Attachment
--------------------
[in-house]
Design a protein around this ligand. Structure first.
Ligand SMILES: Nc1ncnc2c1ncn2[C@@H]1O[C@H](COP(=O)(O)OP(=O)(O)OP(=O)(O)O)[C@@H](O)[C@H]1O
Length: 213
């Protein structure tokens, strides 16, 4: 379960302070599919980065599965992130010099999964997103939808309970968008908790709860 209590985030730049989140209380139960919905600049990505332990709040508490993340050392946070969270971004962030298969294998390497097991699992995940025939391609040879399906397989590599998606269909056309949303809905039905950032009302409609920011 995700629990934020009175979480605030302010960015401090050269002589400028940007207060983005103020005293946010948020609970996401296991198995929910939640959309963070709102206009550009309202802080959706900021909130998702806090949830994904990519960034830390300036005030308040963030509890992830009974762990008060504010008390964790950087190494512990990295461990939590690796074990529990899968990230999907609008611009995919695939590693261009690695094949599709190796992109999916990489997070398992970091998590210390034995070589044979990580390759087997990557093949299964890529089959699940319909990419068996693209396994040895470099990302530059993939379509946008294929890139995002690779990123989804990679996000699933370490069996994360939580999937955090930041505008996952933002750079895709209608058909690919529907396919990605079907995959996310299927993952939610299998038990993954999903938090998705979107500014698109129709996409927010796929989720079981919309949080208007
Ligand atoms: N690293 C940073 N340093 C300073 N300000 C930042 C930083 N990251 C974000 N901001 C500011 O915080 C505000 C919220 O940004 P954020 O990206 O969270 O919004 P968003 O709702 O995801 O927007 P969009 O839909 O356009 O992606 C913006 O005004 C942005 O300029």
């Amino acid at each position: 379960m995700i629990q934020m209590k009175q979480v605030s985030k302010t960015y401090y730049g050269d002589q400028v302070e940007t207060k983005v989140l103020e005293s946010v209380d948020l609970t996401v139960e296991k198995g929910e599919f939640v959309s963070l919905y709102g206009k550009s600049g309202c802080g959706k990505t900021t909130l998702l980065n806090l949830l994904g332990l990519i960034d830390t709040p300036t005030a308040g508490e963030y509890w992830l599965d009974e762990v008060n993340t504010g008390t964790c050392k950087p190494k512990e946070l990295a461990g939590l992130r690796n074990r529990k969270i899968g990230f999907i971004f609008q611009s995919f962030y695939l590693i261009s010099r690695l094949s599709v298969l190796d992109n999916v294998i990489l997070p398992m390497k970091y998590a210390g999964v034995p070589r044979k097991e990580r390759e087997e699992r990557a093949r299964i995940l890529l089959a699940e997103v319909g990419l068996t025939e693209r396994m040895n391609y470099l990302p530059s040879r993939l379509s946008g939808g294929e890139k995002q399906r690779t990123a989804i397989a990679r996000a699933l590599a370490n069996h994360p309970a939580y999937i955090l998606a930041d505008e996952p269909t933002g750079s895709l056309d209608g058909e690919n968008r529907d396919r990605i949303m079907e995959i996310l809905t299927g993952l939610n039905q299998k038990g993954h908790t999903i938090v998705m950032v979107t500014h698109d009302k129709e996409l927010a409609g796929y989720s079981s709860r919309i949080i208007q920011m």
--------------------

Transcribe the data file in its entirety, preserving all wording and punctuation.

[in-house]
Design a protein around this ligand. Structure first.
Ligand SMILES: Nc1ncnc2c1ncn2[C@@H]1O[C@H](COP(=O)(O)OP(=O)(O)OP(=O)(O)O)[C@@H](O)[C@H]1O
Length: 213
């Protein structure tokens, strides 16, 4: 379960302070599919980065599965992130010099999964997103939808309970968008908790709860 209590985030730049989140209380139960919905600049990505332990709040508490993340050392946070969270971004962030298969294998390497097991699992995940025939391609040879399906397989590599998606269909056309949303809905039905950032009302409609920011 995700629990934020009175979480605030302010960015401090050269002589400028940007207060983005103020005293946010948020609970996401296991198995929910939640959309963070709102206009550009309202802080959706900021909130998702806090949830994904990519960034830390300036005030308040963030509890992830009974762990008060504010008390964790950087190494512990990295461990939590690796074990529990899968990230999907609008611009995919695939590693261009690695094949599709190796992109999916990489997070398992970091998590210390034995070589044979990580390759087997990557093949299964890529089959699940319909990419068996693209396994040895470099990302530059993939379509946008294929890139995002690779990123989804990679996000699933370490069996994360939580999937955090930041505008996952933002750079895709209608058909690919529907396919990605079907995959996310299927993952939610299998038990993954999903938090998705979107500014698109129709996409927010796929989720079981919309949080208007
Ligand atoms: N690293 C940073 N340093 C300073 N300000 C930042 C930083 N990251 C974000 N901001 C500011 O915080 C505000 C919220 O940004 P954020 O990206 O969270 O919004 P968003 O709702 O995801 O927007 P969009 O839909 O356009 O992606 C913006 O005004 C942005 O300029």
């Amino acid at each position: 379960m995700i629990q934020m209590k009175q979480v605030s985030k302010t960015y401090y730049g050269d002589q400028v302070e940007t207060k983005v989140l103020e005293s946010v209380d948020l609970t996401v139960e296991k198995g929910e599919f939640v959309s963070l919905y709102g206009k550009s600049g309202c802080g959706k990505t900021t909130l998702l980065n806090l949830l994904g332990l990519i960034d830390t709040p300036t005030a308040g508490e963030y509890w992830l599965d009974e762990v008060n993340t504010g008390t964790c050392k950087p190494k512990e946070l990295a461990g939590l992130r690796n074990r529990k969270i899968g990230f999907i971004f609008q611009s995919f962030y695939l590693i261009s010099r690695l094949s599709v298969l190796d992109n999916v294998i990489l997070p398992m390497k970091y998590a210390g999964v034995p070589r044979k097991e990580r390759e087997e699992r990557a093949r299964i995940l890529l089959a699940e997103v319909g990419l068996t025939e693209r396994m040895n391609y470099l990302p530059s040879r993939l379509s946008g939808g294929e890139k995002q399906r690779t990123a989804i397989a990679r996000a699933l590599a370490n069996h994360p309970a939580y999937i955090l998606a930041d505008e996952p269909t933002g750079s895709l056309d209608g058909e690919n968008r529907d396919r990605i949303m079907e995959i996310l809905t299927g993952l939610n039905q299998k038990g993954h908790t999903i938090v998705m950032v979107t500014h698109d009302k129709e996409l927010a409609g796929y989720s079981s709860r919309i949080i208007q920011m």